Alpharetta, Ga. - Police in Alpharetta clocked a motorcyclist traveling at 178 MPH on Georgia 400 this past weekend.
As a Georgia DUI Lawyer, I have reported just how fast motorists have been traveling on Georgia roadways since the pandemic. Other arrests and citations have seen a decent decrease, while speeding citations have been up by two-thirds.
Speeding in Georgia is taken quite seriously, but when drivers reach over 100 (not to mention over 150 MPH) other more serious traffic violations may apply such as reckless driving. In today's post, I will outline the law behind the offense of reckless driving as it is defined by Georgia Law.
Reckless Driving in Georgia
Georgia Law defines reckless driving in Georgia in O.C.G.A. §40-6-390 of the Georgia Code as:
(a) Any person who drives any vehicle in reckless disregard for the safety of persons or property commits the offense of reckless driving.
(b) Every person convicted of reckless driving shall be guilty of a misdemeanor and, upon conviction thereof, shall be punished by a fine not to exceed $1,000.00 or imprisonment not to exceed 12 months, or by both such fine and imprisonment, provided that no provision of this Code section shall be construed so as to deprive the court imposing the sentence of the power given by law to stay or suspend the execution of such sentence or to place the defendant on probation.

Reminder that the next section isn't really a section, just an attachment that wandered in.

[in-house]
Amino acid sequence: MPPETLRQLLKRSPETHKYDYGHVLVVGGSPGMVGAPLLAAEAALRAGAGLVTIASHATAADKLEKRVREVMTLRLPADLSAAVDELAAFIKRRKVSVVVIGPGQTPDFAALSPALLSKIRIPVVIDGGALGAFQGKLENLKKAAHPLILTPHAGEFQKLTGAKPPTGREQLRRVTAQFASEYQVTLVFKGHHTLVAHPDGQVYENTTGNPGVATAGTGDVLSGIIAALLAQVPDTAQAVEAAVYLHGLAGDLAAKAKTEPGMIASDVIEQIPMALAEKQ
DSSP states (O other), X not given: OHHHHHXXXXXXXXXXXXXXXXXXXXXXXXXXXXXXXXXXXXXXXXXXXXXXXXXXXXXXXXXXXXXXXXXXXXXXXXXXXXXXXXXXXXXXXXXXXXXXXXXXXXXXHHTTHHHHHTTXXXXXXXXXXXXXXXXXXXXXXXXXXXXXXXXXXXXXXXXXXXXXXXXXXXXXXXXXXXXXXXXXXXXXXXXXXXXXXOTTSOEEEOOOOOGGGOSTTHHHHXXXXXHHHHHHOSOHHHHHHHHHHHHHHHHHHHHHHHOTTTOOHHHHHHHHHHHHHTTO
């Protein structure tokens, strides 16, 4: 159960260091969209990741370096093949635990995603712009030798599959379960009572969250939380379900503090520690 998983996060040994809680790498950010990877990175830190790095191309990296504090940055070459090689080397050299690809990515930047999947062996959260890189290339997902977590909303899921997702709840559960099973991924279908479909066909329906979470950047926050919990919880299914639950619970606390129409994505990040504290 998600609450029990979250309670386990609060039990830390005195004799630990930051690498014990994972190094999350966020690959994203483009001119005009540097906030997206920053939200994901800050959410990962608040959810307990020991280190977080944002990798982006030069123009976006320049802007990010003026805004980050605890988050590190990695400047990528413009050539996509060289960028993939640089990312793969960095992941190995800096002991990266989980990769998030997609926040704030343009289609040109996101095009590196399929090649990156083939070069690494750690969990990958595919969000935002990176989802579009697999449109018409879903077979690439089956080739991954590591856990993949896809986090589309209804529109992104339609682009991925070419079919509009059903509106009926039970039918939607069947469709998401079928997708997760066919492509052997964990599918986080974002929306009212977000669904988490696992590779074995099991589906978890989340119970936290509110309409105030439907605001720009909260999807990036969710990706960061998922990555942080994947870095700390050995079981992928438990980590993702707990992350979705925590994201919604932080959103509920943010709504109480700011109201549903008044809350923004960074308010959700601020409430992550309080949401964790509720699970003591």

Therefore, if a driver is found guilty of reckless driving, he or she could face up to a year in jail as well as fines up to $1,000.
Many times acts of alleged reckless driving can lead to charges for DUI in Georgia. Call our offices today if you have been arrested for reckless driving, DUI, or any other serious traffic violation. We can help you now.